PriqueuePriority Queues

A priority queue is an abstract data type with the following operations:
  • empty: priqueue
  • insert: key priqueue priqueue
  • delete_max: priqueue option (key * priqueue)
The idea is that you can find (and remove) the highest-priority element. Priority queues have applications in:
  • Discrete-event simulations: The highest-priority event is the one whose scheduled time is the earliest. Simulating one event causes new events to be scheduled in the future.
  • Sorting: heap sort puts all the elements in a priority queue, then removes them one at a time.
  • Computational geometry: algorithms such as convex hull use priority queues.
  • Graph algorithms: Dijkstra's algorithm for finding the shortest path uses a priority queue.
We will be considering mergeable priority queues, with one additional operator:
  • merge: priqueue priqueue priqueue
The classic data structure for priority queues is the "heap", a balanced binary tree in which the the key at any node is bigger than all the keys in nodes below it. With heaps, empty is constant time, insert and delete_max are logN time. But merge takes NlogN time, as one must take all the elements out of one queue and insert them into the other queue.
Another way to do priority queues is by balanced binary search trees (such as red-black trees); again, empty is constant time, insert and delete_max are logN time, and merge takes NlogN time, as one must take all the elements out of one queue and insert them into the other queue.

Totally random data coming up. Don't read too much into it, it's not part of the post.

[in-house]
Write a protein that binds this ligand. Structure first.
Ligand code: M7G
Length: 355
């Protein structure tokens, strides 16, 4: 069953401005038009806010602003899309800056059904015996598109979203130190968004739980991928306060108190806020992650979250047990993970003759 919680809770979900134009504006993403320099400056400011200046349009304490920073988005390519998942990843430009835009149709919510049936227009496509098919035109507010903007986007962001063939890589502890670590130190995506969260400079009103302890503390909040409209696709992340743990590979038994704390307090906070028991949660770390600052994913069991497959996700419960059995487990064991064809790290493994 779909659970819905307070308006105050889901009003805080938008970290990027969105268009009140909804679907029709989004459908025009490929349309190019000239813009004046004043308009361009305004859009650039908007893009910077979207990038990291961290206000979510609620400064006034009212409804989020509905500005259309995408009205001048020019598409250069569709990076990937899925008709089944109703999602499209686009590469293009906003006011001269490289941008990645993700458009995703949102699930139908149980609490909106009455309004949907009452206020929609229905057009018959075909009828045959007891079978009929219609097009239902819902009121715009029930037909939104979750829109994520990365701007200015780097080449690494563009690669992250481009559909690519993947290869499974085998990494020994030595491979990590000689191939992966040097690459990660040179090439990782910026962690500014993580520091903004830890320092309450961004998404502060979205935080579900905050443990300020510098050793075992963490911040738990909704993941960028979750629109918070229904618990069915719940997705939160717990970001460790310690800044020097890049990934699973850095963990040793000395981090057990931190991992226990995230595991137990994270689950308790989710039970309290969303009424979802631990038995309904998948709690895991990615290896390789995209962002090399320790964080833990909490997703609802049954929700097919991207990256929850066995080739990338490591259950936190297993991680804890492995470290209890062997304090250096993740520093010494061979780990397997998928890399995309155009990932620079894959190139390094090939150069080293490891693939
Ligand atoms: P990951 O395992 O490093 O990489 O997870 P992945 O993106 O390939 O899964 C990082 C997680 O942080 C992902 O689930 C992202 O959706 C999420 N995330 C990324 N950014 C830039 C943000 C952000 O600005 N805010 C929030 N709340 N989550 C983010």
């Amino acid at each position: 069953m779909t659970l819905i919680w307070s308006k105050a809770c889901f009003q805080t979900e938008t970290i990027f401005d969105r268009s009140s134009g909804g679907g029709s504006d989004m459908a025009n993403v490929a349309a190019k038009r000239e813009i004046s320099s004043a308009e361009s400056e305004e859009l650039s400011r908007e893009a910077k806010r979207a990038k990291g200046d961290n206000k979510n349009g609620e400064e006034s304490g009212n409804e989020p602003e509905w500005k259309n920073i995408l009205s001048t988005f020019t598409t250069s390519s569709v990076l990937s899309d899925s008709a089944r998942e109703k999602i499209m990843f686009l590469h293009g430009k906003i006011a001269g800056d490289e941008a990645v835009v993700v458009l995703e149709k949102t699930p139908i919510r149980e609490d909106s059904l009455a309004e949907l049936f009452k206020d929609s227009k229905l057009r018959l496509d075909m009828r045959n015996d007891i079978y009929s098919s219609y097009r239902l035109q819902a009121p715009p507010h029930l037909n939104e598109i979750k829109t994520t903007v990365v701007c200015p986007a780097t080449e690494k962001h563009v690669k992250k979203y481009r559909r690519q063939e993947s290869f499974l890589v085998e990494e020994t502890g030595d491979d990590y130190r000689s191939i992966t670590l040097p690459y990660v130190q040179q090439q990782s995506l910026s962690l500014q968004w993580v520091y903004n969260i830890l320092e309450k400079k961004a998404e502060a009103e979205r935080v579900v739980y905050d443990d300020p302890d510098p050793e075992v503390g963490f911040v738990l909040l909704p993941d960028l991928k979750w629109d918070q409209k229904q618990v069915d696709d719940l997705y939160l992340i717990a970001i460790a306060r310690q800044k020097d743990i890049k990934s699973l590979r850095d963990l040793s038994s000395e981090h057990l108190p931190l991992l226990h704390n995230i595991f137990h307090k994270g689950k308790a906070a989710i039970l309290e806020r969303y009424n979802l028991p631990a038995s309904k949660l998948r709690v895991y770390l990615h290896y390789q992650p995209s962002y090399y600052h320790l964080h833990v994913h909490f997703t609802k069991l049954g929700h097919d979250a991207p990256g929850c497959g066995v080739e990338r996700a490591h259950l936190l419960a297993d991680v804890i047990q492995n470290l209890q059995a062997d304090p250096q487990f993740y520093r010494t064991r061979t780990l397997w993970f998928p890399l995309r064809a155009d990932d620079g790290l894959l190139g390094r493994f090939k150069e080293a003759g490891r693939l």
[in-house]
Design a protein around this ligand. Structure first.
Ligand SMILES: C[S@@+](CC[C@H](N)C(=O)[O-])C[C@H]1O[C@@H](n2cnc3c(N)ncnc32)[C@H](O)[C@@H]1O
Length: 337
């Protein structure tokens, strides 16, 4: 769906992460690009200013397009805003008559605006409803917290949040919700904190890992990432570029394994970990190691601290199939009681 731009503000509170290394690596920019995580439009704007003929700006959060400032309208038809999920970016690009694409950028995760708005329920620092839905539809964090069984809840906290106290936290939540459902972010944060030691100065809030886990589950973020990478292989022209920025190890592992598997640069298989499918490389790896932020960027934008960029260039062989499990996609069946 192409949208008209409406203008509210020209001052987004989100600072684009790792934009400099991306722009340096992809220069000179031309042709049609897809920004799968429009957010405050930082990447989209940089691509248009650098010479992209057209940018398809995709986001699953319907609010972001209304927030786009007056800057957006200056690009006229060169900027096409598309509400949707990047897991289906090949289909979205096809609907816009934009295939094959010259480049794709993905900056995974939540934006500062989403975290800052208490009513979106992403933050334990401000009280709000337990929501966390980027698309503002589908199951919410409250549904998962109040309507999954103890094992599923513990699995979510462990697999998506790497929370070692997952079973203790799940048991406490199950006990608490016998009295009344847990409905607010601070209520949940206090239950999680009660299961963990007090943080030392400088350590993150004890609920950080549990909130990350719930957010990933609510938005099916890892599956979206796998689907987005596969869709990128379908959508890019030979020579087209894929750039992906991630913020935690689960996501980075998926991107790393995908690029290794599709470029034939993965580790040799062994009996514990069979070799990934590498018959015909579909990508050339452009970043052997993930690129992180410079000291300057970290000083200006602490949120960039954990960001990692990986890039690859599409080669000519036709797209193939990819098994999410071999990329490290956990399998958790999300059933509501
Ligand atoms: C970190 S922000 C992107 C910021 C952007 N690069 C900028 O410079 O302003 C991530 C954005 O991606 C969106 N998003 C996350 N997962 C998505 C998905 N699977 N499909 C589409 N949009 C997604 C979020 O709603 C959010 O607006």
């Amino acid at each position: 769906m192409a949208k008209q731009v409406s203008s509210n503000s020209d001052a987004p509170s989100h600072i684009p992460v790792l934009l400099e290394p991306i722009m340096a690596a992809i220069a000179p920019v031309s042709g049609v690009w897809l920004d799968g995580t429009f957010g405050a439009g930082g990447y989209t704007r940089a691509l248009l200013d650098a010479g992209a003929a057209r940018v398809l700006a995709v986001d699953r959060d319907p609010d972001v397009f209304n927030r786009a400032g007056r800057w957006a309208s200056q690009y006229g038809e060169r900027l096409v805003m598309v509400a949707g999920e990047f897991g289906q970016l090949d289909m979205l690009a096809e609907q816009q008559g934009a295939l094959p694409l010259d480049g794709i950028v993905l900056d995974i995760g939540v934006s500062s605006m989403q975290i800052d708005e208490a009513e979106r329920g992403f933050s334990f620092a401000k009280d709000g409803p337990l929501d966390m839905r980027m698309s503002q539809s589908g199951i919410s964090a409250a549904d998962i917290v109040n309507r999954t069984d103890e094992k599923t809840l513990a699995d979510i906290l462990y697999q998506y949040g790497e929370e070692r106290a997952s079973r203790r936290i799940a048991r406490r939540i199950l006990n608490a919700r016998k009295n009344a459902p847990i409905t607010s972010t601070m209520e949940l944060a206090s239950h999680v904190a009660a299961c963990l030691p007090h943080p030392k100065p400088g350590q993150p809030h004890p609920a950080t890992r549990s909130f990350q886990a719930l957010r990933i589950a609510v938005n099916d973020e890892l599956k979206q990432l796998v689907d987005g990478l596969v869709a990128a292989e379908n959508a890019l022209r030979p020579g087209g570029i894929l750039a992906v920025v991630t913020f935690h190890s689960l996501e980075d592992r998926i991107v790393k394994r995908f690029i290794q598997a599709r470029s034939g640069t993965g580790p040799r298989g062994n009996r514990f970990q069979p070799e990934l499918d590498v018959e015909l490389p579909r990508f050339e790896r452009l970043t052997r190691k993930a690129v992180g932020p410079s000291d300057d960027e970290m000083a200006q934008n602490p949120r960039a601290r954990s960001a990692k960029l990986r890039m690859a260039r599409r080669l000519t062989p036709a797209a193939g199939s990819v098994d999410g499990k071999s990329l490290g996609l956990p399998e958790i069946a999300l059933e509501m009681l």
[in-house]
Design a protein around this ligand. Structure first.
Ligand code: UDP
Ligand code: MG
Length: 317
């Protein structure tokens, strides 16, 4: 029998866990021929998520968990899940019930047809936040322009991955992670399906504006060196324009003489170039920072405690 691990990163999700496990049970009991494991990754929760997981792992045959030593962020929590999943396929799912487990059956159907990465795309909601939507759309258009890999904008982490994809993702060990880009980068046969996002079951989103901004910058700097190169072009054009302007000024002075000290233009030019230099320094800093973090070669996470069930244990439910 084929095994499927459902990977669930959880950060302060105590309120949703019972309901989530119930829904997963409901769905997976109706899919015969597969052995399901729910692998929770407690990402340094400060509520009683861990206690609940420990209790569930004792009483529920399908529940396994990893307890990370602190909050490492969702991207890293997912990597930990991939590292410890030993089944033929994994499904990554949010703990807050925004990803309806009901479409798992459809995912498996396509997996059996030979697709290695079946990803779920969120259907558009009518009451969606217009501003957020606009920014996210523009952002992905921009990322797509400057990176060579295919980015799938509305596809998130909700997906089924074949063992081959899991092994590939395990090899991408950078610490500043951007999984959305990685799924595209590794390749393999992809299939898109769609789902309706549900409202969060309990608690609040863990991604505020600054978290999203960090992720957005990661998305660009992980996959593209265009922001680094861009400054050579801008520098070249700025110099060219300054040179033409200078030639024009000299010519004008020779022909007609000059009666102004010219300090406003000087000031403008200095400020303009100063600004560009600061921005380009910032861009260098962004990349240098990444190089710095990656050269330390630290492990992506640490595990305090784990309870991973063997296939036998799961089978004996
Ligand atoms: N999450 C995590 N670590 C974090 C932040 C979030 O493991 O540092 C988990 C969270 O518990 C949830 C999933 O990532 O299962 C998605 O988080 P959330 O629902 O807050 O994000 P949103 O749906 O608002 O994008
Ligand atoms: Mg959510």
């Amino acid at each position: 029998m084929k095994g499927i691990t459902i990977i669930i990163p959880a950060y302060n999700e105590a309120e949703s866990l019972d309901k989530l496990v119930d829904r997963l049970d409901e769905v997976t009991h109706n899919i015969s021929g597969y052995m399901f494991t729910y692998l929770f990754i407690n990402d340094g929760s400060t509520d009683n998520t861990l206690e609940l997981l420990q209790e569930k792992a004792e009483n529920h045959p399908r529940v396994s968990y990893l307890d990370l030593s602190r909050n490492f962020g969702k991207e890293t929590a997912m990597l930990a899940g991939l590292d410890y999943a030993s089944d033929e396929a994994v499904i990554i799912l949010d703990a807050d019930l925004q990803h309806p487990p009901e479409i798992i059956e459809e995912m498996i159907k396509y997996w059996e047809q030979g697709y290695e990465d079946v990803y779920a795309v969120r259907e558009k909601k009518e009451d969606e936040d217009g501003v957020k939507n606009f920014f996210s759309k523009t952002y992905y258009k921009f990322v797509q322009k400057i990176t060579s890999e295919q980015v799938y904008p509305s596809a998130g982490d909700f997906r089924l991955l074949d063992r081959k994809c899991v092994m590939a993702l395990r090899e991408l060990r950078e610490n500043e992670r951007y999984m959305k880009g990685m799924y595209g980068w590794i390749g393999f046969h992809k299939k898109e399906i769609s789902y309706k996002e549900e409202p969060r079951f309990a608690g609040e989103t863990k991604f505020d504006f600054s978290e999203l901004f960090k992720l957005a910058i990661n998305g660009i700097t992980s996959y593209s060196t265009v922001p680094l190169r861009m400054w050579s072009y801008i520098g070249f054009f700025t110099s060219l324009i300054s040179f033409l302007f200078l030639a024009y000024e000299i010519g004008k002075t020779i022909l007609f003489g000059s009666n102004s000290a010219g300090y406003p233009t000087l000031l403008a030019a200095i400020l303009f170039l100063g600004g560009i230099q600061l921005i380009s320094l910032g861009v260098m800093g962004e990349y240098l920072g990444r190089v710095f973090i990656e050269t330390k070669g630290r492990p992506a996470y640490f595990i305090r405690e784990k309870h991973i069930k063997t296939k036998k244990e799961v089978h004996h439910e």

In the Binom chapter we will examine an algorithm in which empty is constant time, insert, delete_max, and merge are logN time.
In this chapter we will consider a much simpler (and slower) implementation, using unsorted lists, in which:
  • empty takes constant time
  • insert takes constant time
  • delete_max takes linear time
  • merge takes linear time

Module Signature

This is the "signature" of a correct implementation of priority queues where the keys are natural numbers. Using nat for the key type is a bit silly, since the comparison function Nat.ltb takes linear time in the value of the numbers! But you have already seen in the Extract chapter how to define these kinds of algorithms on key types that have efficient comparisons, so in this chapter (and the Binom chapter) we simply won't worry about the time per comparison.
Require Import Perm.

Module Type PRIQUEUE.
  Parameter priqueue: Type.
  Definition key := nat.

  Parameter empty: priqueue.
  Parameter insert: keypriqueuepriqueue.
  Parameter delete_max: priqueueoption (key * priqueue).
  Parameter merge: priqueuepriqueuepriqueue.

  Parameter priq: priqueueProp.
  Parameter Abs: priqueuelist keyProp.
  Axiom can_relate: ∀ p, priq p → ∃ al, Abs p al.
  Axiom abs_perm: ∀ p al bl,
   priq pAbs p alAbs p blPermutation al bl.
  Axiom empty_priq: priq empty.
  Axiom empty_relate: Abs empty nil.
  Axiom insert_priq: ∀ k p, priq ppriq (insert k p).
  Axiom insert_relate:
        ∀ p al k, priq pAbs p alAbs (insert k p) (k::al).
  Axiom delete_max_None_relate:
        ∀ p, priq p → (Abs p nildelete_max p = None).
  Axiom delete_max_Some_priq:
      ∀ p q k, priq pdelete_max p = Some(k,q) → priq q.
  Axiom delete_max_Some_relate:
  ∀ (p q: priqueue) k (pl ql: list key), priq p
   Abs p pl
   delete_max p = Some (k,q) →
   Abs q ql
   Permutation pl (k::ql) ∧ Forall (ge k) ql.
  Axiom merge_priq: ∀ p q, priq ppriq qpriq (merge p q).
  Axiom merge_relate:
    ∀ p q pl ql al,
       priq ppriq q
       Abs p plAbs q qlAbs (merge p q) al
       Permutation al (pl++ql).
End PRIQUEUE.
Take some time to consider whether this is the right specification! As always, if we get the specification wrong, then proofs of "correctness" are not so useful.

Implementation